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John Senders is Professor Emeritus of Engineering at the University of Toronto and Lecturer in Law at York University in Toronto. He has spoken and written on the nature and source of human error since 1976. He is Principal Scientific Consultant to the Institute for Safe Medication Practices (ISMP) and a member of the board of its Canadian offspring (ISMP-Canada). After a routine visit to his physician he unexpectedly found himself on the cardiac treadmill and 10 days later had a quadruple coronary bypass at a major Toronto hospital with an excellent reputation in coronary surgery. He recovered rapidly and is back at work.
For the first time in many years I entered a hospital not to ask questions and to make recommendations but to undergo a quadruple coronary bypass. Aside from the time spent under anesthesia, I found myself for the next two weeks asking questions and making recommendations.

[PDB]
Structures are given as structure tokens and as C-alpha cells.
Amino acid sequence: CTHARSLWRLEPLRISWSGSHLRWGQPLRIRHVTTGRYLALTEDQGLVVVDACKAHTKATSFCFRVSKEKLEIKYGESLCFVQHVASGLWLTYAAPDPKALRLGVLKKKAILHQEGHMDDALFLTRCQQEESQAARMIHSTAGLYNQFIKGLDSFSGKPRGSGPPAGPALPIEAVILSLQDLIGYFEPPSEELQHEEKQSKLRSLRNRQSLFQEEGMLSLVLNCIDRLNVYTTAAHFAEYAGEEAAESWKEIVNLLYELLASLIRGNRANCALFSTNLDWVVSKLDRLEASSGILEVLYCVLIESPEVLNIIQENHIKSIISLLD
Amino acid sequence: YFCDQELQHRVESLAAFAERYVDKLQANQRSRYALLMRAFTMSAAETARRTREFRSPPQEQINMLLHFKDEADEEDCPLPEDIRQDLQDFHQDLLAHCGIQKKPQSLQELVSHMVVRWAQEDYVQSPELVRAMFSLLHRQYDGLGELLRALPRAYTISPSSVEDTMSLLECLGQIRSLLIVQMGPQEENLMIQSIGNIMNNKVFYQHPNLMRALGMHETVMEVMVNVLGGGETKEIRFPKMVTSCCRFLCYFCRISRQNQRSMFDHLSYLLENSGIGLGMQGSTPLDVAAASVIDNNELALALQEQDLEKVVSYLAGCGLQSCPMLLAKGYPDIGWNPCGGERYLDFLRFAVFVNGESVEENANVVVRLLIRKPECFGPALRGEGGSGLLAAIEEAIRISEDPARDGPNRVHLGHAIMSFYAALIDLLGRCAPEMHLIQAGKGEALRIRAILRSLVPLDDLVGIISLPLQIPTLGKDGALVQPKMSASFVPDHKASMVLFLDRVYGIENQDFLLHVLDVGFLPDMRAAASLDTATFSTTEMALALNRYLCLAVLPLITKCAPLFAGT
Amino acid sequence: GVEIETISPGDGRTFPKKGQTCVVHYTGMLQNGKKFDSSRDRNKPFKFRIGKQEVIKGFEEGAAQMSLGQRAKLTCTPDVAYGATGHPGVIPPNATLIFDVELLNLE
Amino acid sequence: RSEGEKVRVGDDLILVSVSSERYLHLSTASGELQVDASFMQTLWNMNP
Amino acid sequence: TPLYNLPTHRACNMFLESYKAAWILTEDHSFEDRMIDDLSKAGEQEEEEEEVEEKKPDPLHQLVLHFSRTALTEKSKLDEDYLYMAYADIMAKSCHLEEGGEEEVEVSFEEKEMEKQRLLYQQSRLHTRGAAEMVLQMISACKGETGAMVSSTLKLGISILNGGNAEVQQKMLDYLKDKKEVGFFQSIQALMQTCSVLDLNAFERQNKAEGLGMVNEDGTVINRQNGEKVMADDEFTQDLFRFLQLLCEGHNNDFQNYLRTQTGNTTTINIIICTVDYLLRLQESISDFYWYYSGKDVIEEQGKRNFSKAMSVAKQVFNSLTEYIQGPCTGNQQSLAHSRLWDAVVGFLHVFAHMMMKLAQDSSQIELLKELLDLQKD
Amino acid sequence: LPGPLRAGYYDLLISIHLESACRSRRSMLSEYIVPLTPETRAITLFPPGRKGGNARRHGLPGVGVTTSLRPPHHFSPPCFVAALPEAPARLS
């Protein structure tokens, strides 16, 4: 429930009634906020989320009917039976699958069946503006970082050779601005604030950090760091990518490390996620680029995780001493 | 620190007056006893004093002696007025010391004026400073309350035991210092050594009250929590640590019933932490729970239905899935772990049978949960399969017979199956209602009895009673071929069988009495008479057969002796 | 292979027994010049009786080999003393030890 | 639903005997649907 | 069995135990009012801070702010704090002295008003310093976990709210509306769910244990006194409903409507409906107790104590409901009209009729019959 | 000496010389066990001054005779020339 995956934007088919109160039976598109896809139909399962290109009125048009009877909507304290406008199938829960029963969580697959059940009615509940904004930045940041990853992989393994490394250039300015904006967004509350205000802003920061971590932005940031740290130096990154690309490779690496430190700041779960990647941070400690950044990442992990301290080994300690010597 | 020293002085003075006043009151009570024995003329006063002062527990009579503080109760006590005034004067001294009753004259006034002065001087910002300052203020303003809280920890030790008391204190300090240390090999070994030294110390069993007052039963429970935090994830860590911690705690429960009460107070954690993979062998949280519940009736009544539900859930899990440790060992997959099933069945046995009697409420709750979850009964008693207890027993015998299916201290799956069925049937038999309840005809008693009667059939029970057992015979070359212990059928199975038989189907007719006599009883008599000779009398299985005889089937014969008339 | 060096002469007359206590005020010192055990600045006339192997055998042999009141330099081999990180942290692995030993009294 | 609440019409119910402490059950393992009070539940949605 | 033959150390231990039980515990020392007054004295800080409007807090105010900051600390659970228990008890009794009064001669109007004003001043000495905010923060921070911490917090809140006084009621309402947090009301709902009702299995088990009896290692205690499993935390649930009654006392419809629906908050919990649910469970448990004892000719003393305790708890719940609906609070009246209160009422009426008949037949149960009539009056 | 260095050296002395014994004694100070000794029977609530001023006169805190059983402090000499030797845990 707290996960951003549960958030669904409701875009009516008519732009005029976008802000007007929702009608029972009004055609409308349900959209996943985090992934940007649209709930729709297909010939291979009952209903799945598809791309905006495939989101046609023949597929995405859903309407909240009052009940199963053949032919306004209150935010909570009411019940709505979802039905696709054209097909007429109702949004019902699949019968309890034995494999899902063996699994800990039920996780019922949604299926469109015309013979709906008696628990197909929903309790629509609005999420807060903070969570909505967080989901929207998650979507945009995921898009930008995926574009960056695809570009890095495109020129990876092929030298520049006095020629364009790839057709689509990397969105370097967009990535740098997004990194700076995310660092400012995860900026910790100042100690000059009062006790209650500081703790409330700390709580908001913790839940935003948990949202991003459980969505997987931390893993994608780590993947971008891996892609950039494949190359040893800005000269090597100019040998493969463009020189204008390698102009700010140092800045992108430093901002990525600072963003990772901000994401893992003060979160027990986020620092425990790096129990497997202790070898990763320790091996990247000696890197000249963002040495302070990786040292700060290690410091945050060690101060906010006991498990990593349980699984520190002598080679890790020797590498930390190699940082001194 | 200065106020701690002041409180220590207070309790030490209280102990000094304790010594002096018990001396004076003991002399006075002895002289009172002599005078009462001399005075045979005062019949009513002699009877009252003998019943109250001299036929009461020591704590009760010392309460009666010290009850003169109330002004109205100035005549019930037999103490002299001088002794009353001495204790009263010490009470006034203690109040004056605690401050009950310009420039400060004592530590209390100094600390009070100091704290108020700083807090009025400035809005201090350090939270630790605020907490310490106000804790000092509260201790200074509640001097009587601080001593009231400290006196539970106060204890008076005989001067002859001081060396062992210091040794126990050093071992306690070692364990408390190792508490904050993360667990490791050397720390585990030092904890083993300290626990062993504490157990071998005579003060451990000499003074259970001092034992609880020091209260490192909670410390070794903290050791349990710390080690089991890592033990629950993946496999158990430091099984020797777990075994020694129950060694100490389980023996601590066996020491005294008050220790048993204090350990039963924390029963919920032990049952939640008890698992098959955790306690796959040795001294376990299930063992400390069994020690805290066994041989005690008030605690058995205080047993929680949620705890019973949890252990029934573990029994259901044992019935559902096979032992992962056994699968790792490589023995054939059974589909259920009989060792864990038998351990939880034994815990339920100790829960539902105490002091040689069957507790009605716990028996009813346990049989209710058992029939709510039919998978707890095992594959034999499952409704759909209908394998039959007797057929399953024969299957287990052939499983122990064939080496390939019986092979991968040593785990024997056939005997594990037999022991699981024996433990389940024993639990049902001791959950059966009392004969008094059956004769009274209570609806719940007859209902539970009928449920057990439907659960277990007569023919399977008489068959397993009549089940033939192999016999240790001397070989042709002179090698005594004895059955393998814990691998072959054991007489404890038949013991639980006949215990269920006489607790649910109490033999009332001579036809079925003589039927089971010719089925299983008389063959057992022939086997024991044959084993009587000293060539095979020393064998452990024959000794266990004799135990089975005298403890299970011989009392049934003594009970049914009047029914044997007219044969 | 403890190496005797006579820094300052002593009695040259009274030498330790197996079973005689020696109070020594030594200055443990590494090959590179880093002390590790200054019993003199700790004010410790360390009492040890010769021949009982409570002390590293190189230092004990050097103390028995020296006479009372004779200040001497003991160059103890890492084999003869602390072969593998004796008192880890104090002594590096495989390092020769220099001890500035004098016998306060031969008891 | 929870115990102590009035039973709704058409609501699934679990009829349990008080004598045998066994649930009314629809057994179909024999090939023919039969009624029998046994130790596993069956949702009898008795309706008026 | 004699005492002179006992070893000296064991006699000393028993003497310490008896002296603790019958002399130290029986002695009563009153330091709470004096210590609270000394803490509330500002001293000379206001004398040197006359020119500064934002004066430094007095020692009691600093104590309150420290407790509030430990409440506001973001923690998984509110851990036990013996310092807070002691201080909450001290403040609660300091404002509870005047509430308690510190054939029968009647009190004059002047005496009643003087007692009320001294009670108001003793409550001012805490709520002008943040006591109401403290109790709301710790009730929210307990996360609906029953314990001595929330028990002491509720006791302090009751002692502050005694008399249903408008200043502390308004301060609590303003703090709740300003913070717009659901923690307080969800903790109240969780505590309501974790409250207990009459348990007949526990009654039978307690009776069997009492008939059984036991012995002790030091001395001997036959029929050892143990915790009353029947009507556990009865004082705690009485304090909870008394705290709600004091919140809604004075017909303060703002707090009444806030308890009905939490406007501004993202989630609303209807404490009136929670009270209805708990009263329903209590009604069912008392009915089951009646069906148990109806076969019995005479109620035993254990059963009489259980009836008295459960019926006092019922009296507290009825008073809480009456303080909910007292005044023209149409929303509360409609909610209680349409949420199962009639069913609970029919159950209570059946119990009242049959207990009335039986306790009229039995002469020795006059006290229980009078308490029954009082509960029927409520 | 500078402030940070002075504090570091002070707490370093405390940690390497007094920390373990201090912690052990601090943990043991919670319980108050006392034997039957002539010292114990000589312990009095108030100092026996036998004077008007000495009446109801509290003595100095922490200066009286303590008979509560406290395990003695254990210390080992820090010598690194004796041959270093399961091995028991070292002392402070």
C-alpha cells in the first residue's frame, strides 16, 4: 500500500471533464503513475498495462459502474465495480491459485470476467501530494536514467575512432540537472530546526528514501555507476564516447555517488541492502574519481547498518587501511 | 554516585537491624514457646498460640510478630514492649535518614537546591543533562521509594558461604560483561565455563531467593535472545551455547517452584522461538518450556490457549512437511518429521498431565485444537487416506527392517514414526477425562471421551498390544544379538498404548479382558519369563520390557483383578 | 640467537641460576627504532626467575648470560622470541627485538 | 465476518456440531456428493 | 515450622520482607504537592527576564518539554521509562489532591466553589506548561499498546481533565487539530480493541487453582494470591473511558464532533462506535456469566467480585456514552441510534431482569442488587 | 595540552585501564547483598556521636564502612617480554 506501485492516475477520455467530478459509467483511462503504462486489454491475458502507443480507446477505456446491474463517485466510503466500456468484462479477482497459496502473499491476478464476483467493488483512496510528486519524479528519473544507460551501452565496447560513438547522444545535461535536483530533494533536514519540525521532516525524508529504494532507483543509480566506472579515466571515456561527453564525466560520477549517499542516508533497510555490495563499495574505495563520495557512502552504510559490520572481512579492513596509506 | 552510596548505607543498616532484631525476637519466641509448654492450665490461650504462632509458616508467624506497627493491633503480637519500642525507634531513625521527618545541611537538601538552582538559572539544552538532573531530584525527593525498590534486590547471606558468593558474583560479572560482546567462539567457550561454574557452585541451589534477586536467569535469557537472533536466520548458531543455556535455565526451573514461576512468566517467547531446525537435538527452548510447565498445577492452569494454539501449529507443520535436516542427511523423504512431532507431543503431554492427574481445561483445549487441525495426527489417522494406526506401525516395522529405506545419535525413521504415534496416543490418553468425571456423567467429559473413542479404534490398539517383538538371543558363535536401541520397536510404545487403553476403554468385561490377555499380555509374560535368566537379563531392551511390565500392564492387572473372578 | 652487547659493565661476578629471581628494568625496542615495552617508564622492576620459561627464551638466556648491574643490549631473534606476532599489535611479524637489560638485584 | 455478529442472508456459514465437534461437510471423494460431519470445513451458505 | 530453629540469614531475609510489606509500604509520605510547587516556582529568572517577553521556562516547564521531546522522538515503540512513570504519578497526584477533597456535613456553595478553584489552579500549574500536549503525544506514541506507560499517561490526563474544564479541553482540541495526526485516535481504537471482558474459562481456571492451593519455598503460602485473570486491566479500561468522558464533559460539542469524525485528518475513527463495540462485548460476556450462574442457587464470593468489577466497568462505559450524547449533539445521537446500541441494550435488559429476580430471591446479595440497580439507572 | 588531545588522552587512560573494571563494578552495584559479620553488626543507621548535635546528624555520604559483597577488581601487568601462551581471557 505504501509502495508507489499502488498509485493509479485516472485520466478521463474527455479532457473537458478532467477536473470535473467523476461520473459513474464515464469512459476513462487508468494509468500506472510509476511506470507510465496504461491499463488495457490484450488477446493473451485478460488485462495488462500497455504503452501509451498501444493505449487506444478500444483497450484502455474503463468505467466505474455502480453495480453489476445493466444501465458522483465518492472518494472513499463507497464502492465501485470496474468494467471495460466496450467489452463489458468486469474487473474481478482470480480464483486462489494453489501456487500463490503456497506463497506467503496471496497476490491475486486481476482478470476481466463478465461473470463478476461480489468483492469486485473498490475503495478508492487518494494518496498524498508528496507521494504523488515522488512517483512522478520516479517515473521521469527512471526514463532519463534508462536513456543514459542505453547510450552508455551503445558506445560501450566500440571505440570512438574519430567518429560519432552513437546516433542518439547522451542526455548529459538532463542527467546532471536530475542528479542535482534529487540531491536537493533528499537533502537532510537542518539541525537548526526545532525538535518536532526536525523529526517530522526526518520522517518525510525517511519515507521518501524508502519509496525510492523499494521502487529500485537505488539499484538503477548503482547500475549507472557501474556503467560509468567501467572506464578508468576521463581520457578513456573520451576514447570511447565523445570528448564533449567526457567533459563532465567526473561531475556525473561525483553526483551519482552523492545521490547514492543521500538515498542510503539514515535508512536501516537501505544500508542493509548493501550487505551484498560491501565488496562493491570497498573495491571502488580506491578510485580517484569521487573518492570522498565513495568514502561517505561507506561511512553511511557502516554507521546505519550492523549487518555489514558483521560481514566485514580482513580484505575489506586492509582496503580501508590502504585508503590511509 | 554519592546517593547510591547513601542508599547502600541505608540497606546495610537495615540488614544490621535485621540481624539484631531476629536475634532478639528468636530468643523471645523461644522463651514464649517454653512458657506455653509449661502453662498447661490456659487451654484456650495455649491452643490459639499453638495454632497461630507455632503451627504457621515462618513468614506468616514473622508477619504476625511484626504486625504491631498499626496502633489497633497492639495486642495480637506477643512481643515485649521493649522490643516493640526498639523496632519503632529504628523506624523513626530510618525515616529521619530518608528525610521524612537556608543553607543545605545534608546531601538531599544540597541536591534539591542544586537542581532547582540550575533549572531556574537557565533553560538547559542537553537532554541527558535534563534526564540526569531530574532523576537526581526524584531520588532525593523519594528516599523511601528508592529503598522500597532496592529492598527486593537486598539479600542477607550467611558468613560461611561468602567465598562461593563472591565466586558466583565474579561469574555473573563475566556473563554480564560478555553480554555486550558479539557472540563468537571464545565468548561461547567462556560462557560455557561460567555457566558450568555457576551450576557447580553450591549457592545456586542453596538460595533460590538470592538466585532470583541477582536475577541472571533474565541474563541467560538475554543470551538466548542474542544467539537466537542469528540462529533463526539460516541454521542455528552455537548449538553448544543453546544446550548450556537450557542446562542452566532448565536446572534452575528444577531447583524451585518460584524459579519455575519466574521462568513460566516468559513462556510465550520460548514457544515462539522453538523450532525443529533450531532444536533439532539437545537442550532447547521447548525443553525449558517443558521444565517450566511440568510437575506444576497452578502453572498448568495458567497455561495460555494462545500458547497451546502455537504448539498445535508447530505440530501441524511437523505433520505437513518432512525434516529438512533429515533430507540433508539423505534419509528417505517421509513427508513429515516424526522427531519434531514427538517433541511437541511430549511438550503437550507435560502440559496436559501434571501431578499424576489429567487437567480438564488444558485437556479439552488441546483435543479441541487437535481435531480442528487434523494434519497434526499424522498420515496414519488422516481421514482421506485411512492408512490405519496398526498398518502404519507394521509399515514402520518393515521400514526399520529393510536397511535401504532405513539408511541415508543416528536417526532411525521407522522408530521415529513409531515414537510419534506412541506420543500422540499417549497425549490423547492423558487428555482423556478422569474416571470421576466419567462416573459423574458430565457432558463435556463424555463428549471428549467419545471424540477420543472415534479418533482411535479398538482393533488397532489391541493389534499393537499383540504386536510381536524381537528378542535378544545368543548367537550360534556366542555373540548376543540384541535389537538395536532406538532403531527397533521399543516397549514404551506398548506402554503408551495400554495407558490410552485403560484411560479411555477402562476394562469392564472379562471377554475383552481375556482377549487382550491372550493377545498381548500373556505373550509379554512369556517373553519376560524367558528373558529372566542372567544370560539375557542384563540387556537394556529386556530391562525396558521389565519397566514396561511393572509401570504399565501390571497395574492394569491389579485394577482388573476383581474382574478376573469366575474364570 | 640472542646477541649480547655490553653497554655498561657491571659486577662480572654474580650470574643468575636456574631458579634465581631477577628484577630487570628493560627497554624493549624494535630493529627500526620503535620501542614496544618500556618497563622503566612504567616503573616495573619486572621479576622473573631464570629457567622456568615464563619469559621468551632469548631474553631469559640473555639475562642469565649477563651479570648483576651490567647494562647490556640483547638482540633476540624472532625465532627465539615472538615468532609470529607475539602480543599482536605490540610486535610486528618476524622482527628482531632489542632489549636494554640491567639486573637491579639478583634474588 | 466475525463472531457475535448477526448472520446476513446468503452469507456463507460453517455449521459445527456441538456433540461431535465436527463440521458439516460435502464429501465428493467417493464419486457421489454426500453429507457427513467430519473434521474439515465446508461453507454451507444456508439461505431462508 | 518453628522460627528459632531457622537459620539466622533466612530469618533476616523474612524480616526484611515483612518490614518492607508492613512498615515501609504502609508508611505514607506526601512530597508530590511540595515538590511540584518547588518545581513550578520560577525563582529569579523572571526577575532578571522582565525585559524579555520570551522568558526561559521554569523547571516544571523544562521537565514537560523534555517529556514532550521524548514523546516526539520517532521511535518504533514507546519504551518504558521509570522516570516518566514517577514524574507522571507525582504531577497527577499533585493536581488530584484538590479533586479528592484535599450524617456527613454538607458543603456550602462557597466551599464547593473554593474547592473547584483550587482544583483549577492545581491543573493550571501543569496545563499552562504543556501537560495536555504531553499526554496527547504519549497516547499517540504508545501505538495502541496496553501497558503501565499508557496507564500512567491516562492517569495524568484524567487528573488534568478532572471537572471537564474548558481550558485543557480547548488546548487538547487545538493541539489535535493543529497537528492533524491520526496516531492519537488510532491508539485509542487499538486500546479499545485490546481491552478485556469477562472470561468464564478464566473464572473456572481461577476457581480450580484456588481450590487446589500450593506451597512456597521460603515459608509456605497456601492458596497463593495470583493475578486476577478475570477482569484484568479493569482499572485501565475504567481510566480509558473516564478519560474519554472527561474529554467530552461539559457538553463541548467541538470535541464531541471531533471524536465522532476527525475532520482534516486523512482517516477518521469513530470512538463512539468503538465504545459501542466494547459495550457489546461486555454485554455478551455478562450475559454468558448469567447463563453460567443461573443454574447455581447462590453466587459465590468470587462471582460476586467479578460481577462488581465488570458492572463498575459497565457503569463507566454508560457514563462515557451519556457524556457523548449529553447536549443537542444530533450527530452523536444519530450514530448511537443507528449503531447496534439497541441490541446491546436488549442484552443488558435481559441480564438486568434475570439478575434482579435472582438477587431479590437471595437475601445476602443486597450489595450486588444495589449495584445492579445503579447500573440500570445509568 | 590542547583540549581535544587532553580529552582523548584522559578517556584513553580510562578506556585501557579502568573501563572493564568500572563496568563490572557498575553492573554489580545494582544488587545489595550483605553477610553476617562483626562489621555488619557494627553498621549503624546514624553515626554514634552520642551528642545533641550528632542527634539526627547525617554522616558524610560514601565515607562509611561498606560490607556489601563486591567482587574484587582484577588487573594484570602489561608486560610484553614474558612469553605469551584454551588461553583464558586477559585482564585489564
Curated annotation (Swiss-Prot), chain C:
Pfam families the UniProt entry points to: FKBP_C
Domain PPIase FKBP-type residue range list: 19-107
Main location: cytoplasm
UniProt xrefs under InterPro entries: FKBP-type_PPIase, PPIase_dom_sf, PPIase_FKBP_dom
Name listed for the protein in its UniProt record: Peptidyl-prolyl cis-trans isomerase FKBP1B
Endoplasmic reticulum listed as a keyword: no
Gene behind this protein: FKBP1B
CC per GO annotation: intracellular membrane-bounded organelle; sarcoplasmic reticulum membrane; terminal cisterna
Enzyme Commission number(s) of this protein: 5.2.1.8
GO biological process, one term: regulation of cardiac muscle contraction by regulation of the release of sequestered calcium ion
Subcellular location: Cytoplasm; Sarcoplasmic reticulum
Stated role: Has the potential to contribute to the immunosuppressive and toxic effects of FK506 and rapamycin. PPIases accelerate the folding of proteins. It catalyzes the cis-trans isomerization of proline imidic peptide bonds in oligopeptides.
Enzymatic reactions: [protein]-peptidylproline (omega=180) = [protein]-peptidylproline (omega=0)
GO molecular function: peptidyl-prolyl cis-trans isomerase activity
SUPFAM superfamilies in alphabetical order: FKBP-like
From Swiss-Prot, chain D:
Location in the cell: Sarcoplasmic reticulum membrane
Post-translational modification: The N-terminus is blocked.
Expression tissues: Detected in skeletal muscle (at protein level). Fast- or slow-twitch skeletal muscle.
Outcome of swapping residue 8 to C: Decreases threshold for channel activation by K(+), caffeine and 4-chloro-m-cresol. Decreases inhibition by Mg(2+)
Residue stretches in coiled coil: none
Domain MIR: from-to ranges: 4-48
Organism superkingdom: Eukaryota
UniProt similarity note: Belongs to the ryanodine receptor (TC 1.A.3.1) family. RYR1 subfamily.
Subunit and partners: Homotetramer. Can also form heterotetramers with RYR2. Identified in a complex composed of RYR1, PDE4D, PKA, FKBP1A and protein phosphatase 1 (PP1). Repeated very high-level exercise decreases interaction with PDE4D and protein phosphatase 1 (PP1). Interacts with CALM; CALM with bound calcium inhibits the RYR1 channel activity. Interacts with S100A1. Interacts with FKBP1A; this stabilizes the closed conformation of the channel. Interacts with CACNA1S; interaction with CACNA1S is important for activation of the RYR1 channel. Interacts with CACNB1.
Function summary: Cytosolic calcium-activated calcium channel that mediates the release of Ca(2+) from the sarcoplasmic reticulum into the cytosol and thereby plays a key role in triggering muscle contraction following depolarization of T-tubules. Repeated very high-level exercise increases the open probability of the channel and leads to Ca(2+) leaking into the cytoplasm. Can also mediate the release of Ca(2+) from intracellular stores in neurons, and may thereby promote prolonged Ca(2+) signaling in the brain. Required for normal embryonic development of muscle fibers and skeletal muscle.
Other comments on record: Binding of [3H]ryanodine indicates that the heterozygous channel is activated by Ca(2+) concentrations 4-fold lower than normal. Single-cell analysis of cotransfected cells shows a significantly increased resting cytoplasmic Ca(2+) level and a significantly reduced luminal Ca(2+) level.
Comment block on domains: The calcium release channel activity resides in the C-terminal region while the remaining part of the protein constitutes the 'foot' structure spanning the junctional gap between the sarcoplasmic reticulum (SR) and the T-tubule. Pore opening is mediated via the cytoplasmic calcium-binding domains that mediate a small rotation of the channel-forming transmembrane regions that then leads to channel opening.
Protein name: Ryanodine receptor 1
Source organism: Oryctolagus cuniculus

There had been some dark patches. By the time I had been moved into the intensive care unit I was in a deep depression, with all the attendant distortions of perception and affect. I had not been warned about this, nor was any help given in dealing with it. I was hearing voices, seeing sounds, and completely disoriented. It felt like a bad trip. A fellow patient in an adjoining room was even worse off; he spoke only of suicide. Yet the hospital did nothing for him. He refused to stay in the hospital and it was left to me to talk with him and hold him together until his family arrived to take him home. To my surprise I learned that all the staff were …